While Gardner’s book appears to have a bent toward professional service firms (e.g. legal), I’m looking forward to reading this deeply researched effort to discuss the importance of collaboration. Optimistically, I anticipate finding examples of collaboration that may serve as models for higher education, as well as the public sector. And, undoubtedly, I am thinking this book will shed light on existing gaps in the research and, consequently, perpetuate scholars-practitioners to wrestle further with the study of collaborative enterprise across all sectors.

Please look forward to a more thorough review of Smart Collaboration to come. Until then, happy collaborating to all in 2017!

Cin-Day Cyber Receives Federal Award

I’ve been meaning to share the good news here regarding the Cin-Day Cyber Corridor initiative I’ve written about earlier.  The greater Cincinnati-Dayton region is one of five recipients of a regional alliance grant from the U.S. Commerce Department’s National Institute of Standards and Tecyberlogochnology (NIST). The five grants, as part of the National Initiative for Cybersecurity Education (NICE), total nearly $1 million are to take a community approach to addressing the nation’s shortage of skilled cybersecurity employees.

Working collaboratively with the Dayton Development Coalition, the Southwestern Ohio Council for Higher Education submitted a NIST proposal on behalf of a cyber alliance of lead partners in higher education, economic development, industry, government, and K-12 The alliance has been awarded $198,759 in project funding to advance partnerships that increase the pipeline of students pursuing cybersecurity careers, help more Americans attain the skills they need for well-paying jobs in cybersecurity, and support local economic development to stimulate job growth.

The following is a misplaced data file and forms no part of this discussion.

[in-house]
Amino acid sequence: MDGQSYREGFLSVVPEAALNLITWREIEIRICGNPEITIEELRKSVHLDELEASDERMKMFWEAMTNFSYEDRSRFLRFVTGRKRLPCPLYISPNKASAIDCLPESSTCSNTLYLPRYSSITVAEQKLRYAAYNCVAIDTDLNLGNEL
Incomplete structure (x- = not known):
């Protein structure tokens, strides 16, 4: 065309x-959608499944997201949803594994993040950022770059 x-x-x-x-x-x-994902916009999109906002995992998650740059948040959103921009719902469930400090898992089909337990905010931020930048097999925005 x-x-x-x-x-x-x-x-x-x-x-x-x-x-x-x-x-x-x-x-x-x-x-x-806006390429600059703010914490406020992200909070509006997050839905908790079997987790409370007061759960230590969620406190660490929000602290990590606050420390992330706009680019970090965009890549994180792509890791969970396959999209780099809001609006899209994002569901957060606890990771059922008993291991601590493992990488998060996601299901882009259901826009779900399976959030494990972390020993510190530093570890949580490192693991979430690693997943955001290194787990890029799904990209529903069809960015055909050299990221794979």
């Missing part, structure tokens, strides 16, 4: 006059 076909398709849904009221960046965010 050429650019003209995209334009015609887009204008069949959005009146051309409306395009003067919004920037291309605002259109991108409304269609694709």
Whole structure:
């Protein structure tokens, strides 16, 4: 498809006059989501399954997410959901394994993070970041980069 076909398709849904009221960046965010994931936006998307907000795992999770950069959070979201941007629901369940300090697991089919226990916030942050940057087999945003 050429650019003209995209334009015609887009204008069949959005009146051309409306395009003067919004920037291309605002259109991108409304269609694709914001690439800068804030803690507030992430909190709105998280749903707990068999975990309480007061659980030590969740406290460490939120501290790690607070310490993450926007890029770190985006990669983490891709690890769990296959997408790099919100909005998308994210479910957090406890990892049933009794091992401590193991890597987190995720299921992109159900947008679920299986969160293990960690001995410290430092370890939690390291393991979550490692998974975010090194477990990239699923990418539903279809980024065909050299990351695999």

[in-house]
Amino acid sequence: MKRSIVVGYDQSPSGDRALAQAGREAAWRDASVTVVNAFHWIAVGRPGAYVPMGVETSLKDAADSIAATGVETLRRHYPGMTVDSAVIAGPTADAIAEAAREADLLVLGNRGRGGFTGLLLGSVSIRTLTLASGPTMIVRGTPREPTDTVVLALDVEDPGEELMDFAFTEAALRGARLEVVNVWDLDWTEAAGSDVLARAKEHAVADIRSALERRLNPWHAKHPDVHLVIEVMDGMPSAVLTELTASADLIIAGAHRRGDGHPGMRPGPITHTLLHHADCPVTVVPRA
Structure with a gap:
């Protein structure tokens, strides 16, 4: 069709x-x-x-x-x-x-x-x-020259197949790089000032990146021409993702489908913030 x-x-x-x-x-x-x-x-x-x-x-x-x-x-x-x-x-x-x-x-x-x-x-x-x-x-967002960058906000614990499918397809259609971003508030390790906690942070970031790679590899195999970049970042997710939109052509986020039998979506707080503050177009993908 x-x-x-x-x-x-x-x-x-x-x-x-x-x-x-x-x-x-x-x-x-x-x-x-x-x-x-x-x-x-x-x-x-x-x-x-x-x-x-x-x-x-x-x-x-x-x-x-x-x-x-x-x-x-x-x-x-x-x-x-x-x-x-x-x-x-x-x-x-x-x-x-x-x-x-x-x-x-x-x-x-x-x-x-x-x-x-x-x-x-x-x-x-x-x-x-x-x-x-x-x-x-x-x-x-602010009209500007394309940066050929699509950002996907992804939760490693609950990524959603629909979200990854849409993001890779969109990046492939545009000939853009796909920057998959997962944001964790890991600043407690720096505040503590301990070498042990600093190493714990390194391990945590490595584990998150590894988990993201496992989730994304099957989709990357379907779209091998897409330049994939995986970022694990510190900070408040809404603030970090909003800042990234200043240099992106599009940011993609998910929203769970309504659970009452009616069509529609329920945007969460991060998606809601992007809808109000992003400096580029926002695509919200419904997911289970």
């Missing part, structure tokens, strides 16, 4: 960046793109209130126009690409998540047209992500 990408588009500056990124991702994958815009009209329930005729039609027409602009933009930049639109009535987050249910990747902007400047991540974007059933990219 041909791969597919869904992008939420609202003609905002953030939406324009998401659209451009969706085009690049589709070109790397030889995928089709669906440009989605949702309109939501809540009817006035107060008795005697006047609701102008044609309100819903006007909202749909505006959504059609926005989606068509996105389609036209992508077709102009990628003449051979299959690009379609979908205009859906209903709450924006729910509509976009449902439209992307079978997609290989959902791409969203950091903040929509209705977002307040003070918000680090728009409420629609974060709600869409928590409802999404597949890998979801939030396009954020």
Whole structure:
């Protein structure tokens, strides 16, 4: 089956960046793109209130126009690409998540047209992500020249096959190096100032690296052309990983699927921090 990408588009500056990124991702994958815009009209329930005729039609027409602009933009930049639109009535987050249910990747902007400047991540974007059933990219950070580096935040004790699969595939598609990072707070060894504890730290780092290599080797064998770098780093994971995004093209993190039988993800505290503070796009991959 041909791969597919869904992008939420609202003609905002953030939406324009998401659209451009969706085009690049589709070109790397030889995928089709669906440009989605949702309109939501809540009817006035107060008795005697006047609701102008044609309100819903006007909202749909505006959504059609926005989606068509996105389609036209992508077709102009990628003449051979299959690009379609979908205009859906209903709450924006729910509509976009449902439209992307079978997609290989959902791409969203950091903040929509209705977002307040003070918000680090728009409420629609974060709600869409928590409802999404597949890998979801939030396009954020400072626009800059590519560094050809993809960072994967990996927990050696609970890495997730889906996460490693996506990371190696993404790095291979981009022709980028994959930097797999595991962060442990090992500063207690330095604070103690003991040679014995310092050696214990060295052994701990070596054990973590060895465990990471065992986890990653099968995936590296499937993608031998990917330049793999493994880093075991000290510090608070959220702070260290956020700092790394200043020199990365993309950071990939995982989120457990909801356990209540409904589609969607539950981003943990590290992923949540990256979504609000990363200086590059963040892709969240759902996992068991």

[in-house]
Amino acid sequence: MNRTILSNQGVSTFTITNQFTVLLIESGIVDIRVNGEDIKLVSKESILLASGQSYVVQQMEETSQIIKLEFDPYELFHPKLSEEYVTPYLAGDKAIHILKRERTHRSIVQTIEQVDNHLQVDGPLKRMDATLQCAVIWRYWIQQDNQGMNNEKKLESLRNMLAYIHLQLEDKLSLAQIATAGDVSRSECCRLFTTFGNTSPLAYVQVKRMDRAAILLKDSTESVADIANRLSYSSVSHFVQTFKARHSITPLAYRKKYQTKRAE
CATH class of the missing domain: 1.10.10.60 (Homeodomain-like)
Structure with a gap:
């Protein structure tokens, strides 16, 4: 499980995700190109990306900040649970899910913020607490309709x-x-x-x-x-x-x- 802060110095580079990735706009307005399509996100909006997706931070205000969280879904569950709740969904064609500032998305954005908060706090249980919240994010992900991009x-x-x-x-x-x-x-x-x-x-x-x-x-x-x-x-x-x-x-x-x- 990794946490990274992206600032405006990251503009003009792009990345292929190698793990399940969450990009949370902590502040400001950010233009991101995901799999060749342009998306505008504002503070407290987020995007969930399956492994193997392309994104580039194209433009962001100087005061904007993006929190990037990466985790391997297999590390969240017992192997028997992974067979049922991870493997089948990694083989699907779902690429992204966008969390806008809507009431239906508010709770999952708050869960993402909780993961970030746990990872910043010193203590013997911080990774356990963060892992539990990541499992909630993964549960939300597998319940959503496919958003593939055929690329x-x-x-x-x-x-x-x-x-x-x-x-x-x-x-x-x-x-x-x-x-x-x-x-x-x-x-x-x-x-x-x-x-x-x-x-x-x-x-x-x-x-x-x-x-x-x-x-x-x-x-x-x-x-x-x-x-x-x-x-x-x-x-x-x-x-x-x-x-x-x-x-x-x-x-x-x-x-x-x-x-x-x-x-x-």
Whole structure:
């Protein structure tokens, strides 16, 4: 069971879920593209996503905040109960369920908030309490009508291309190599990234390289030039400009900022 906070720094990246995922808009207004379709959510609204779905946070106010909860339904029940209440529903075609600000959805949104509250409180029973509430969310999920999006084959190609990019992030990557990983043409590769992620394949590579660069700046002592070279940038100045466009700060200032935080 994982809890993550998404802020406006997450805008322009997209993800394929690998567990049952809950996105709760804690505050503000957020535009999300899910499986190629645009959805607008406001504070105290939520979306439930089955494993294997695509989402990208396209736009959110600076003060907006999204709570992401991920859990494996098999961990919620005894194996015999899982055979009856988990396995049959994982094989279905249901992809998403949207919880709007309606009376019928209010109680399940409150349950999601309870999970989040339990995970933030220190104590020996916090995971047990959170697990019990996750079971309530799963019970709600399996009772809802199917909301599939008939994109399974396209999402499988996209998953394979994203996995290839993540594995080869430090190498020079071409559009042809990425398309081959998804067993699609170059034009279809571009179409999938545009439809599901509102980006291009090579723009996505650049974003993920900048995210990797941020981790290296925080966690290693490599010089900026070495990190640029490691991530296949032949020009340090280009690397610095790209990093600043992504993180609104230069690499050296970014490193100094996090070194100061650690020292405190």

Congrats to all the partners in the alliance! This has been a hugely collaborative effort, and is just the beginning of a longterm focus on cyber education and workforce readiness for our region.

Read the full press release.

SOCHE Partners with Innovative Educators

soche_education_on_demand_960_370SOCHE launched a new program thanks to a partnership with the Denver-based company Innovative EducatorsSOCHE Education on Demand provides our members access to more than 100 professional development training courses, as well as access to unlimited live webinars.

We teamed up with Innovative Educators due to their expertise in providing online training for educators and the breadth of programming available for faculty, administrators, and staff. More so, their live webinars cover the most pressing topics in higher education that address:

  • At Risk Populations
  • Campus Safety
  • Organizational Development
  • Student Success
  • Teaching and Learning
  • Technology

This is a wonderful partnership for learning for faculty and staff at SOCHE member institutions!

Science and Collaboration Have No Borders

open-therapeutics-logo
I recently sat down with Jason Barkeloo, Founder and Chair of Open Therapeutics, at one of my favorite meeting spots, YSB. Barkeloo’s vision has resulted in an open collaboration company. They bring scientists together to share data and focus on developing technologies that will address global health issues. Specializing in synthetic biology, the company believes in “eliminating research silos, encouraging scientific peer-to-peer communication and stimulating collaboration in scientific research.”

Barkeloo wants to partner with SOCHE to aggressively bring student researchers into the mix. Not only will students gain access to advanced biomedical research, the goal of their involvement is multi-fold: 1) increase student research contributions to the open source network; 2) create global connections between new and seasoned scientists; 3) advance the mindset and culture of collaboration among the scientific community and its next generation leadership; 4) perpetuate research done for the global good and solving world health issues; and 5) the list holds the potential to go on and on.

Bravo, Jason and Open Therapeutics!